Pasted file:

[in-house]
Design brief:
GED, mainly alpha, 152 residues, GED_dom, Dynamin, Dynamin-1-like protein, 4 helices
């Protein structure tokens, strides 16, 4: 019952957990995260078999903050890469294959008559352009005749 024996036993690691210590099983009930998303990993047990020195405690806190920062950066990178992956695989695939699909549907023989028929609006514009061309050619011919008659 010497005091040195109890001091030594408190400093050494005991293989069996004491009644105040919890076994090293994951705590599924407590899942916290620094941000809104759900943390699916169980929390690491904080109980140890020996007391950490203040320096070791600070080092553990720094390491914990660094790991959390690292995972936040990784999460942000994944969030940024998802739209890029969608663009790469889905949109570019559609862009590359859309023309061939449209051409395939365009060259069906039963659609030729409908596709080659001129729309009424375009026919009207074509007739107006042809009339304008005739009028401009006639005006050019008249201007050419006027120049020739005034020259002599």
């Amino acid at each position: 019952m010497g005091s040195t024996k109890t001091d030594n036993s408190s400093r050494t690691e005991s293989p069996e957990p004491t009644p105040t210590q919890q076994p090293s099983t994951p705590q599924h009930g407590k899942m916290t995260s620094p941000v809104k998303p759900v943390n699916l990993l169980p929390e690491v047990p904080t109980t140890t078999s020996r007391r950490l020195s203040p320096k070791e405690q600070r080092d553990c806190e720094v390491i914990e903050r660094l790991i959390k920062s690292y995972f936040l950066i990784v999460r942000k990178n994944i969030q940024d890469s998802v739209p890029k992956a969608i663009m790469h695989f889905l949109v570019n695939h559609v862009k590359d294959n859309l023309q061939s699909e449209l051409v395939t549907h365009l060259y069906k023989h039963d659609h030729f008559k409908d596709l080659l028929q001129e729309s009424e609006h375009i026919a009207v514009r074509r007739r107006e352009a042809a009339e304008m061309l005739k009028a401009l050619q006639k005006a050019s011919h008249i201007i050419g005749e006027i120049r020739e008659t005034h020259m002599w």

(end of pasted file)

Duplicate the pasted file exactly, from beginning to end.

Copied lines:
[in-house]
Design brief:
GED, mainly alpha, 152 residues, GED_dom, Dynamin, Dynamin-1-like protein, 4 helices
């Protein structure tokens, strides 16, 4: 019952957990995260078999903050890469294959008559352009005749 024996036993690691210590099983009930998303990993047990020195405690806190920062950066990178992956695989695939699909549907023989028929609006514009061309050619011919008659 010497005091040195109890001091030594408190400093050494005991293989069996004491009644105040919890076994090293994951705590599924407590899942916290620094941000809104759900943390699916169980929390690491904080109980140890020996007391950490203040320096070791600070080092553990720094390491914990660094790991959390690292995972936040990784999460942000994944969030940024998802739209890029969608663009790469889905949109570019559609862009590359859309023309061939449209051409395939365009060259069906039963659609030729409908596709080659001129729309009424375009026919009207074509007739107006042809009339304008005739009028401009006639005006050019008249201007050419006027120049020739005034020259002599």
């Amino acid at each position: 019952m010497g005091s040195t024996k109890t001091d030594n036993s408190s400093r050494t690691e005991s293989p069996e957990p004491t009644p105040t210590q919890q076994p090293s099983t994951p705590q599924h009930g407590k899942m916290t995260s620094p941000v809104k998303p759900v943390n699916l990993l169980p929390e690491v047990p904080t109980t140890t078999s020996r007391r950490l020195s203040p320096k070791e405690q600070r080092d553990c806190e720094v390491i914990e903050r660094l790991i959390k920062s690292y995972f936040l950066i990784v999460r942000k990178n994944i969030q940024d890469s998802v739209p890029k992956a969608i663009m790469h695989f889905l949109v570019n695939h559609v862009k590359d294959n859309l023309q061939s699909e449209l051409v395939t549907h365009l060259y069906k023989h039963d659609h030729f008559k409908d596709l080659l028929q001129e729309s009424e609006h375009i026919a009207v514009r074509r007739r107006e352009a042809a009339e304008m061309l005739k009028a401009l050619q006639k005006a050019s011919h008249i201007i050419g005749e006027i120049r020739e008659t005034h020259m002599w």